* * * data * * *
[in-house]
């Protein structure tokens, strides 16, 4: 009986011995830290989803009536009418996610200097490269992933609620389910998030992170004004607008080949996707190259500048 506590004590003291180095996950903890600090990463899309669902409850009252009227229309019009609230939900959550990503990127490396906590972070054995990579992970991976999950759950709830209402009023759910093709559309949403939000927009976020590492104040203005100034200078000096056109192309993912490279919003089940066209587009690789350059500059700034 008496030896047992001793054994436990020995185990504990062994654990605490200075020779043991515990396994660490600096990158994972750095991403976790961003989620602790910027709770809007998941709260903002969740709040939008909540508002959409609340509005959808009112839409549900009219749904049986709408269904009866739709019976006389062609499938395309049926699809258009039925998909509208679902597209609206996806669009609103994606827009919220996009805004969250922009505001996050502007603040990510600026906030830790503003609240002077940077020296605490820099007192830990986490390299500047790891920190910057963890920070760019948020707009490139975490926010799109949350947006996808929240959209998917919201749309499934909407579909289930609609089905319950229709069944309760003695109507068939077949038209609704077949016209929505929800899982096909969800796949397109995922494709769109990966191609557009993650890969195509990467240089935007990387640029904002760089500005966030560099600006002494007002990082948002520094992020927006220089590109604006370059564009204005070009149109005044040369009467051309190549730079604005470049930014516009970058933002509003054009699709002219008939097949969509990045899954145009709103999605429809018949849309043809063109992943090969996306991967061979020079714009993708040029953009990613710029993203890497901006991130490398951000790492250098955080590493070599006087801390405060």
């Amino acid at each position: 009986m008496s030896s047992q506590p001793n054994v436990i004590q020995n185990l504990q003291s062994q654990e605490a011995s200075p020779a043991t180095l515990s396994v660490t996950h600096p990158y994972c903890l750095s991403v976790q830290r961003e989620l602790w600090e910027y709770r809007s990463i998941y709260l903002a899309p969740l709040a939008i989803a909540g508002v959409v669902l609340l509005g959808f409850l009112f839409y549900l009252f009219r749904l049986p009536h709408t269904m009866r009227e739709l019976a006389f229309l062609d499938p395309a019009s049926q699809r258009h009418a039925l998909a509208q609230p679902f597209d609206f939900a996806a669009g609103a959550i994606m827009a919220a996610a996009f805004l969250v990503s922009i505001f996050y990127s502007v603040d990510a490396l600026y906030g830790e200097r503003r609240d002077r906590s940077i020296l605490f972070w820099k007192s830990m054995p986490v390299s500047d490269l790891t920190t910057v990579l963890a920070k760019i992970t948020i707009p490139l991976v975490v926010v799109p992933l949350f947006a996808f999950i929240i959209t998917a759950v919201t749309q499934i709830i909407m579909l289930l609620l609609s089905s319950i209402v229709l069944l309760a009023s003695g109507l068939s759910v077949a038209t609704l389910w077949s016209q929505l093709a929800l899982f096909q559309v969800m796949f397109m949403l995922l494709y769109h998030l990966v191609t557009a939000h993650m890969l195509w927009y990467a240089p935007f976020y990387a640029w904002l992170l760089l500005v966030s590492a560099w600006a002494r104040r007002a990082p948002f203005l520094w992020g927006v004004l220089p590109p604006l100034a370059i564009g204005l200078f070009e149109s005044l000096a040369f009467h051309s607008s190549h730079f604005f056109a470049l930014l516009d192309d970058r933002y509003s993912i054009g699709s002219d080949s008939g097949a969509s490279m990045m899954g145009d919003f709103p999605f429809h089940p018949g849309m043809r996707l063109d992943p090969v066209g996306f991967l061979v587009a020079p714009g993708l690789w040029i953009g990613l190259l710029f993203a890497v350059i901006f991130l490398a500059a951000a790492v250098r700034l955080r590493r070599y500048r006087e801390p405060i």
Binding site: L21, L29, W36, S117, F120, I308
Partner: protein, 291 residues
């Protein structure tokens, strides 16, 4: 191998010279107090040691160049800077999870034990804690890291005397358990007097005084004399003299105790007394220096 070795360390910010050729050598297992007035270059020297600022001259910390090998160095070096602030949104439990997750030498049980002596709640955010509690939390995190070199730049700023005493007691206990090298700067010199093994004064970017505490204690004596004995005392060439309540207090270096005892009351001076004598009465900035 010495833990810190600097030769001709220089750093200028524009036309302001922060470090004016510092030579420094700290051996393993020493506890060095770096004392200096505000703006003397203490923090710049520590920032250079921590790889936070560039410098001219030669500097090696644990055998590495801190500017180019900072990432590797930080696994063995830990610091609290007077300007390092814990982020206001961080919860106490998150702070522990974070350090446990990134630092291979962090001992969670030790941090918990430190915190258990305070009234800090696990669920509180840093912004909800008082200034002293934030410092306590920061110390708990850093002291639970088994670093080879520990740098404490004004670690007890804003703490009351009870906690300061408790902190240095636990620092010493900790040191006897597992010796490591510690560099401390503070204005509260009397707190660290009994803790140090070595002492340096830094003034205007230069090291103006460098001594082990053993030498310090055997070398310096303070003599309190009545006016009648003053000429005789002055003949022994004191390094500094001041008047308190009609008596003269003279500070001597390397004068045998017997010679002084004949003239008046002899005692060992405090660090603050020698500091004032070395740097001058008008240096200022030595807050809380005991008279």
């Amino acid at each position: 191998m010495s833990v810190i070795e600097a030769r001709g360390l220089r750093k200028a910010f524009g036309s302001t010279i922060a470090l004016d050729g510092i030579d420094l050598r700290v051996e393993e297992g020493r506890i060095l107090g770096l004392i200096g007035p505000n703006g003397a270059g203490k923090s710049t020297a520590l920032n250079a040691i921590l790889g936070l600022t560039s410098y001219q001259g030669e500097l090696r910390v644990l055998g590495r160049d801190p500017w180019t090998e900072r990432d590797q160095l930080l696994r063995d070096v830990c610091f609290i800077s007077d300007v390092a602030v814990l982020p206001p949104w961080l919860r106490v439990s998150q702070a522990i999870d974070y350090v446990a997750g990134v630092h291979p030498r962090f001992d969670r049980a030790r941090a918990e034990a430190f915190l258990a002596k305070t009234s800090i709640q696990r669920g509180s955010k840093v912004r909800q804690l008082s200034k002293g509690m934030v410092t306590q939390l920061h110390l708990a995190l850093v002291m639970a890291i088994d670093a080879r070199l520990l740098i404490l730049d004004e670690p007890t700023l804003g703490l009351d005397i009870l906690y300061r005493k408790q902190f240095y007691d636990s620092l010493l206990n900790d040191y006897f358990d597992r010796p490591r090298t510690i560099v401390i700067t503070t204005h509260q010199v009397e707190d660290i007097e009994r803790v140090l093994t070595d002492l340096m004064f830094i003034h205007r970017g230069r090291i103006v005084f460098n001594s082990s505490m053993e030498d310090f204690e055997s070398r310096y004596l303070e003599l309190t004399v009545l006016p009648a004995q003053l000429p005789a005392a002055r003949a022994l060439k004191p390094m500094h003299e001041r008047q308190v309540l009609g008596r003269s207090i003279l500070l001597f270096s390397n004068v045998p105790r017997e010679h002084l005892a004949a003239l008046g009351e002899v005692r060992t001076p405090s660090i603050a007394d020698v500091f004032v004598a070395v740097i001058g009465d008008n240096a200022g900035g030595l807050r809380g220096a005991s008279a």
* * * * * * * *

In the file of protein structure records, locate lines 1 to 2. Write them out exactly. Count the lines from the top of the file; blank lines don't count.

[in-house]
């Protein structure tokens, strides 16, 4: 009986011995830290989803009536009418996610200097490269992933609620389910998030992170004004607008080949996707190259500048 506590004590003291180095996950903890600090990463899309669902409850009252009227229309019009609230939900959550990503990127490396906590972070054995990579992970991976999950759950709830209402009023759910093709559309949403939000927009976020590492104040203005100034200078000096056109192309993912490279919003089940066209587009690789350059500059700034 008496030896047992001793054994436990020995185990504990062994654990605490200075020779043991515990396994660490600096990158994972750095991403976790961003989620602790910027709770809007998941709260903002969740709040939008909540508002959409609340509005959808009112839409549900009219749904049986709408269904009866739709019976006389062609499938395309049926699809258009039925998909509208679902597209609206996806669009609103994606827009919220996009805004969250922009505001996050502007603040990510600026906030830790503003609240002077940077020296605490820099007192830990986490390299500047790891920190910057963890920070760019948020707009490139975490926010799109949350947006996808929240959209998917919201749309499934909407579909289930609609089905319950229709069944309760003695109507068939077949038209609704077949016209929505929800899982096909969800796949397109995922494709769109990966191609557009993650890969195509990467240089935007990387640029904002760089500005966030560099600006002494007002990082948002520094992020927006220089590109604006370059564009204005070009149109005044040369009467051309190549730079604005470049930014516009970058933002509003054009699709002219008939097949969509990045899954145009709103999605429809018949849309043809063109992943090969996306991967061979020079714009993708040029953009990613710029993203890497901006991130490398951000790492250098955080590493070599006087801390405060």